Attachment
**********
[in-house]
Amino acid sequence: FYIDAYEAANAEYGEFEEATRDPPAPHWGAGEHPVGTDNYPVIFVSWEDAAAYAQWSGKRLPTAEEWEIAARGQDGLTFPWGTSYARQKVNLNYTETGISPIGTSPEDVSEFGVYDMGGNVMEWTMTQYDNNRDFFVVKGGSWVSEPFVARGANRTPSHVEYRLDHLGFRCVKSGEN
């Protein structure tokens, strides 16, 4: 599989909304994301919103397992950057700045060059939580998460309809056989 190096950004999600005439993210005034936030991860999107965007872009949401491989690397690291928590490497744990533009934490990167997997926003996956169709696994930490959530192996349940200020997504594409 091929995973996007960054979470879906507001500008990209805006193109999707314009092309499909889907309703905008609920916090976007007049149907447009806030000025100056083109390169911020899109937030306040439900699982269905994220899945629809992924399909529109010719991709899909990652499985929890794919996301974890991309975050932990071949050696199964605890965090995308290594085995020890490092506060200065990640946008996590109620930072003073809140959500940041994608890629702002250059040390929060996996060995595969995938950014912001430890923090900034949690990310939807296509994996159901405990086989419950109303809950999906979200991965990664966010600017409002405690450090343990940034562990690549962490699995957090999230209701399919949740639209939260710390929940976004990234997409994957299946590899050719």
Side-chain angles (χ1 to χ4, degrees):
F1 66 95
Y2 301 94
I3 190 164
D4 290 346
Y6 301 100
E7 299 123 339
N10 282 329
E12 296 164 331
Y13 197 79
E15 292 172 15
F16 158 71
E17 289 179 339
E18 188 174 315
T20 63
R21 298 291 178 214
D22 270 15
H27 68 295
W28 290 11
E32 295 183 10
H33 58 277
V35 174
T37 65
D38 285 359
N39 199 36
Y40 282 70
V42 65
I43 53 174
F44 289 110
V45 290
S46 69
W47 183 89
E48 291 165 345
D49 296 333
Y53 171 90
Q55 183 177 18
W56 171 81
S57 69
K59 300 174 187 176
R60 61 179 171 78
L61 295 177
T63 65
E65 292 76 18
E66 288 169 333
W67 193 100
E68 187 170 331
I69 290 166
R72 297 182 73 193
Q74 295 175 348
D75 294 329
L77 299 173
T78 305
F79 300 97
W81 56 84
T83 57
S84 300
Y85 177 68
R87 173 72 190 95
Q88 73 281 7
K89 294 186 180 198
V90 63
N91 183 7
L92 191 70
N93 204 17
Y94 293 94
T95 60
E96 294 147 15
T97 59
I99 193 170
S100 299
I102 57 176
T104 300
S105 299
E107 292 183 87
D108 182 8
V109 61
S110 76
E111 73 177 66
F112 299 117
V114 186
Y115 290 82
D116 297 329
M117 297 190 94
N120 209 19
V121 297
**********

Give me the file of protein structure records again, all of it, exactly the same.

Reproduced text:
[in-house]
Amino acid sequence: FYIDAYEAANAEYGEFEEATRDPPAPHWGAGEHPVGTDNYPVIFVSWEDAAAYAQWSGKRLPTAEEWEIAARGQDGLTFPWGTSYARQKVNLNYTETGISPIGTSPEDVSEFGVYDMGGNVMEWTMTQYDNNRDFFVVKGGSWVSEPFVARGANRTPSHVEYRLDHLGFRCVKSGEN
């Protein structure tokens, strides 16, 4: 599989909304994301919103397992950057700045060059939580998460309809056989 190096950004999600005439993210005034936030991860999107965007872009949401491989690397690291928590490497744990533009934490990167997997926003996956169709696994930490959530192996349940200020997504594409 091929995973996007960054979470879906507001500008990209805006193109999707314009092309499909889907309703905008609920916090976007007049149907447009806030000025100056083109390169911020899109937030306040439900699982269905994220899945629809992924399909529109010719991709899909990652499985929890794919996301974890991309975050932990071949050696199964605890965090995308290594085995020890490092506060200065990640946008996590109620930072003073809140959500940041994608890629702002250059040390929060996996060995595969995938950014912001430890923090900034949690990310939807296509994996159901405990086989419950109303809950999906979200991965990664966010600017409002405690450090343990940034562990690549962490699995957090999230209701399919949740639209939260710390929940976004990234997409994957299946590899050719």
Side-chain angles (χ1 to χ4, degrees):
F1 66 95
Y2 301 94
I3 190 164
D4 290 346
Y6 301 100
E7 299 123 339
N10 282 329
E12 296 164 331
Y13 197 79
E15 292 172 15
F16 158 71
E17 289 179 339
E18 188 174 315
T20 63
R21 298 291 178 214
D22 270 15
H27 68 295
W28 290 11
E32 295 183 10
H33 58 277
V35 174
T37 65
D38 285 359
N39 199 36
Y40 282 70
V42 65
I43 53 174
F44 289 110
V45 290
S46 69
W47 183 89
E48 291 165 345
D49 296 333
Y53 171 90
Q55 183 177 18
W56 171 81
S57 69
K59 300 174 187 176
R60 61 179 171 78
L61 295 177
T63 65
E65 292 76 18
E66 288 169 333
W67 193 100
E68 187 170 331
I69 290 166
R72 297 182 73 193
Q74 295 175 348
D75 294 329
L77 299 173
T78 305
F79 300 97
W81 56 84
T83 57
S84 300
Y85 177 68
R87 173 72 190 95
Q88 73 281 7
K89 294 186 180 198
V90 63
N91 183 7
L92 191 70
N93 204 17
Y94 293 94
T95 60
E96 294 147 15
T97 59
I99 193 170
S100 299
I102 57 176
T104 300
S105 299
E107 292 183 87
D108 182 8
V109 61
S110 76
E111 73 177 66
F112 299 117
V114 186
Y115 290 82
D116 297 329
M117 297 190 94
N120 209 19
V121 297